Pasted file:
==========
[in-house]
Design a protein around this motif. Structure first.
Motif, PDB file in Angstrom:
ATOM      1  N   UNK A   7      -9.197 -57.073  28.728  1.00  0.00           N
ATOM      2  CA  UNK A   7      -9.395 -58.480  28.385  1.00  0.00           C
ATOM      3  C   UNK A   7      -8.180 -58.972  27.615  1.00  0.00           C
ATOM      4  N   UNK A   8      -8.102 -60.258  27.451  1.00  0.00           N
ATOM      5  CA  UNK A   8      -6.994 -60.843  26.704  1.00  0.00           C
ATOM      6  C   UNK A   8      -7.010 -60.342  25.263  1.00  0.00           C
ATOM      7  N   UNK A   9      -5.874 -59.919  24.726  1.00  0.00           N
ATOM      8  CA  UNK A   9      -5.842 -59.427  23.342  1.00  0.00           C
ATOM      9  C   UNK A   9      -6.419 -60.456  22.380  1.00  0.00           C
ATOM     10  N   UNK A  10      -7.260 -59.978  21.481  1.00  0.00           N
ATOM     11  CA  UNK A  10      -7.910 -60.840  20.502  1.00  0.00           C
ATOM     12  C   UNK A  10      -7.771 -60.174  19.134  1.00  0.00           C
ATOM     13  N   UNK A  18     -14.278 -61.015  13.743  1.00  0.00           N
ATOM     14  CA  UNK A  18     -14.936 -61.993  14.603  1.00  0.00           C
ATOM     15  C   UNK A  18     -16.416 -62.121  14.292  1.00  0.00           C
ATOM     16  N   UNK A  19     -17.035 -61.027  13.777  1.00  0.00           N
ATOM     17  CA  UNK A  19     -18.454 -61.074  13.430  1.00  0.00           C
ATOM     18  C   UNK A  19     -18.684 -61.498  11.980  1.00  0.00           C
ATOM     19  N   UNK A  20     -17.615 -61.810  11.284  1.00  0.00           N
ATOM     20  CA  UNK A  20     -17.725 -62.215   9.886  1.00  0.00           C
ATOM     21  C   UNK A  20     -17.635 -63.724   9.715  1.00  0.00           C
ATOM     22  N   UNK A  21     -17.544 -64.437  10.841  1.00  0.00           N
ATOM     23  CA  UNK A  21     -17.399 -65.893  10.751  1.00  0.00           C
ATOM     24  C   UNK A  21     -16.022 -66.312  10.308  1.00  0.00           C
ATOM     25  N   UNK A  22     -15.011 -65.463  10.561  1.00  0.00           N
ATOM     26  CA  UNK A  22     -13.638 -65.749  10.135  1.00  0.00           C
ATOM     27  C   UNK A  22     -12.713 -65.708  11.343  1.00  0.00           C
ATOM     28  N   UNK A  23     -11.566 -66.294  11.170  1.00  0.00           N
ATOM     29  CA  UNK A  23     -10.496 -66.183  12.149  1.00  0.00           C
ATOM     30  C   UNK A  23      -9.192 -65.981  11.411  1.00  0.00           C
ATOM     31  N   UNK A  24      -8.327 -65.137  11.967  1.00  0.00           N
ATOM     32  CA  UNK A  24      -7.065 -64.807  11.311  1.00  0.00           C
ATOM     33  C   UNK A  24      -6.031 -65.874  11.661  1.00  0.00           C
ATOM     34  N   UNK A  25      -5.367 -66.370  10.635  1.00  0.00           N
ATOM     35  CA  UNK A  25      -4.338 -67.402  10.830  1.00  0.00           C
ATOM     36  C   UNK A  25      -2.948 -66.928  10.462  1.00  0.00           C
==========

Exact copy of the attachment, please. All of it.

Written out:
[in-house]
Design a protein around this motif. Structure first.
Motif, PDB file in Angstrom:
ATOM      1  N   UNK A   7      -9.197 -57.073  28.728  1.00  0.00           N
ATOM      2  CA  UNK A   7      -9.395 -58.480  28.385  1.00  0.00           C
ATOM      3  C   UNK A   7      -8.180 -58.972  27.615  1.00  0.00           C
ATOM      4  N   UNK A   8      -8.102 -60.258  27.451  1.00  0.00           N
ATOM      5  CA  UNK A   8      -6.994 -60.843  26.704  1.00  0.00           C
ATOM      6  C   UNK A   8      -7.010 -60.342  25.263  1.00  0.00           C
ATOM      7  N   UNK A   9      -5.874 -59.919  24.726  1.00  0.00           N
ATOM      8  CA  UNK A   9      -5.842 -59.427  23.342  1.00  0.00           C
ATOM      9  C   UNK A   9      -6.419 -60.456  22.380  1.00  0.00           C
ATOM     10  N   UNK A  10      -7.260 -59.978  21.481  1.00  0.00           N
ATOM     11  CA  UNK A  10      -7.910 -60.840  20.502  1.00  0.00           C
ATOM     12  C   UNK A  10      -7.771 -60.174  19.134  1.00  0.00           C
ATOM     13  N   UNK A  18     -14.278 -61.015  13.743  1.00  0.00           N
ATOM     14  CA  UNK A  18     -14.936 -61.993  14.603  1.00  0.00           C
ATOM     15  C   UNK A  18     -16.416 -62.121  14.292  1.00  0.00           C
ATOM     16  N   UNK A  19     -17.035 -61.027  13.777  1.00  0.00           N
ATOM     17  CA  UNK A  19     -18.454 -61.074  13.430  1.00  0.00           C
ATOM     18  C   UNK A  19     -18.684 -61.498  11.980  1.00  0.00           C
ATOM     19  N   UNK A  20     -17.615 -61.810  11.284  1.00  0.00           N
ATOM     20  CA  UNK A  20     -17.725 -62.215   9.886  1.00  0.00           C
ATOM     21  C   UNK A  20     -17.635 -63.724   9.715  1.00  0.00           C
ATOM     22  N   UNK A  21     -17.544 -64.437  10.841  1.00  0.00           N
ATOM     23  CA  UNK A  21     -17.399 -65.893  10.751  1.00  0.00           C
ATOM     24  C   UNK A  21     -16.022 -66.312  10.308  1.00  0.00           C
ATOM     25  N   UNK A  22     -15.011 -65.463  10.561  1.00  0.00           N
ATOM     26  CA  UNK A  22     -13.638 -65.749  10.135  1.00  0.00           C
ATOM     27  C   UNK A  22     -12.713 -65.708  11.343  1.00  0.00           C
ATOM     28  N   UNK A  23     -11.566 -66.294  11.170  1.00  0.00           N
ATOM     29  CA  UNK A  23     -10.496 -66.183  12.149  1.00  0.00           C
ATOM     30  C   UNK A  23      -9.192 -65.981  11.411  1.00  0.00           C
ATOM     31  N   UNK A  24      -8.327 -65.137  11.967  1.00  0.00           N
ATOM     32  CA  UNK A  24      -7.065 -64.807  11.311  1.00  0.00           C
ATOM     33  C   UNK A  24      -6.031 -65.874  11.661  1.00  0.00           C
ATOM     34  N   UNK A  25      -5.367 -66.370  10.635  1.00  0.00           N
ATOM     35  CA  UNK A  25      -4.338 -67.402  10.830  1.00  0.00           C
ATOM     36  C   UNK A  25      -2.948 -66.928  10.462  1.00  0.00           C